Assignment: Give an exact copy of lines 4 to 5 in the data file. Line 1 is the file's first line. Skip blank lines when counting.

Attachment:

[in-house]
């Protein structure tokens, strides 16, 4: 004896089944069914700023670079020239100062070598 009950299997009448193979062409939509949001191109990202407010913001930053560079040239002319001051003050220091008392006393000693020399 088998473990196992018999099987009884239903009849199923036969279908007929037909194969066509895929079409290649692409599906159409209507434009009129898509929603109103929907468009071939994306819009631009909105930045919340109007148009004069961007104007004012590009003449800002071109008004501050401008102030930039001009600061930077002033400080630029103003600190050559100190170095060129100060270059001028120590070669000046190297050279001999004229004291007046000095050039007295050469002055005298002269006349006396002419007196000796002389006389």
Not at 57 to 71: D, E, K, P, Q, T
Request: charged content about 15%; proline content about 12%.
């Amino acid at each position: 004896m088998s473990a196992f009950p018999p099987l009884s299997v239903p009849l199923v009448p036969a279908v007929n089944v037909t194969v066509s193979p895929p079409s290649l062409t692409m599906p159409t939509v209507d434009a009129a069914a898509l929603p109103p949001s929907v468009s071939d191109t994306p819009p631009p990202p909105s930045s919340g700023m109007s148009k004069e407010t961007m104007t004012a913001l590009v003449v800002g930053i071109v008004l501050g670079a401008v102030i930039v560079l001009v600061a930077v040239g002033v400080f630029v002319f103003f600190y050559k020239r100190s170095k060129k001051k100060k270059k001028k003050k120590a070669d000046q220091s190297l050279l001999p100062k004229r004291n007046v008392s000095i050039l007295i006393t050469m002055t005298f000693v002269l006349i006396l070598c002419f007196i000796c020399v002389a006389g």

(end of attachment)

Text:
Request: charged content about 15%; proline content about 12%.
């Amino acid at each position: 004896m088998s473990a196992f009950p018999p099987l009884s299997v239903p009849l199923v009448p036969a279908v007929n089944v037909t194969v066509s193979p895929p079409s290649l062409t692409m599906p159409t939509v209507d434009a009129a069914a898509l929603p109103p949001s929907v468009s071939d191109t994306p819009p631009p990202p909105s930045s919340g700023m109007s148009k004069e407010t961007m104007t004012a913001l590009v003449v800002g930053i071109v008004l501050g670079a401008v102030i930039v560079l001009v600061a930077v040239g002033v400080f630029v002319f103003f600190y050559k020239r100190s170095k060129k001051k100060k270059k001028k003050k120590a070669d000046q220091s190297l050279l001999p100062k004229r004291n007046v008392s000095i050039l007295i006393t050469m002055t005298f000693v002269l006349i006396l070598c002419f007196i000796c020399v002389a006389g």